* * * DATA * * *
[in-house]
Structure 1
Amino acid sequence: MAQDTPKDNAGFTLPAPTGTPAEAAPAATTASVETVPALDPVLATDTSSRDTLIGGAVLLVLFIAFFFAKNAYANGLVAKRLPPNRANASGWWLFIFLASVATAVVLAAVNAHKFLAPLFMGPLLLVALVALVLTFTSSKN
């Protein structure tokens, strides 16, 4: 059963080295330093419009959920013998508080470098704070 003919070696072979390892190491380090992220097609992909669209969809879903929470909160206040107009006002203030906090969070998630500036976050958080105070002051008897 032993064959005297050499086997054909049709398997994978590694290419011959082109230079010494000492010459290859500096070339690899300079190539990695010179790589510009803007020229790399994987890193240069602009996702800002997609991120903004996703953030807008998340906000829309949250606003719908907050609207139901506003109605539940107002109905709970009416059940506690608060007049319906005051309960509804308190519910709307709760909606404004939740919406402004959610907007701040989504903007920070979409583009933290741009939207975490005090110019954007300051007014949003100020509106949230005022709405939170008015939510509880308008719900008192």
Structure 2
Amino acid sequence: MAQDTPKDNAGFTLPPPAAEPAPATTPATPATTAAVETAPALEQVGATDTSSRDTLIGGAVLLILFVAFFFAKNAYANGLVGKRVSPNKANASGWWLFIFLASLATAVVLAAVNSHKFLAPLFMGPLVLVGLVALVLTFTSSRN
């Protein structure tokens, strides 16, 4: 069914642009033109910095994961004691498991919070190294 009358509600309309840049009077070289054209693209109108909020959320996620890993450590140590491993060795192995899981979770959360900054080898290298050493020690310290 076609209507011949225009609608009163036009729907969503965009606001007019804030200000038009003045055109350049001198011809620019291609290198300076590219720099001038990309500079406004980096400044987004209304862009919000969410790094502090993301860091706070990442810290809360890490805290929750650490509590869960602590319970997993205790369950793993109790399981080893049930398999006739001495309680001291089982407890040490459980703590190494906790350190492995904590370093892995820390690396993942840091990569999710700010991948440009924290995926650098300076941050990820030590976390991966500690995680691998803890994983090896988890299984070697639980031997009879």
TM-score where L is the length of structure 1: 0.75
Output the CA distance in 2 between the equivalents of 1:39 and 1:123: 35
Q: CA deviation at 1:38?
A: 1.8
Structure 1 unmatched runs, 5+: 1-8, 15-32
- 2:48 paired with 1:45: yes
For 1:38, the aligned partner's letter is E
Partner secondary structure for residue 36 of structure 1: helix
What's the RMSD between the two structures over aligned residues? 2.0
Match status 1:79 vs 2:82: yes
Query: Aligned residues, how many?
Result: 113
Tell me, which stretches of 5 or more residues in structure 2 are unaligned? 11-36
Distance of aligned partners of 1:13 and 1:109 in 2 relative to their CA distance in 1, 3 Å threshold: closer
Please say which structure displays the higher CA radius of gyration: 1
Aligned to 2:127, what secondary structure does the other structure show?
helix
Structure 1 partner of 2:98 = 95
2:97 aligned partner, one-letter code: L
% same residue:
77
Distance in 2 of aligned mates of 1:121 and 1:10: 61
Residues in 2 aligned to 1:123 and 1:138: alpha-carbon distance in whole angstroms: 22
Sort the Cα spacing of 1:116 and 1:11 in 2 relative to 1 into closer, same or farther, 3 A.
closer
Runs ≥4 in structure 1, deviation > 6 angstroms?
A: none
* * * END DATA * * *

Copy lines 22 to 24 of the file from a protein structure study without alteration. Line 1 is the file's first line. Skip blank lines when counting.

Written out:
Please say which structure displays the higher CA radius of gyration: 1
Aligned to 2:127, what secondary structure does the other structure show?
helix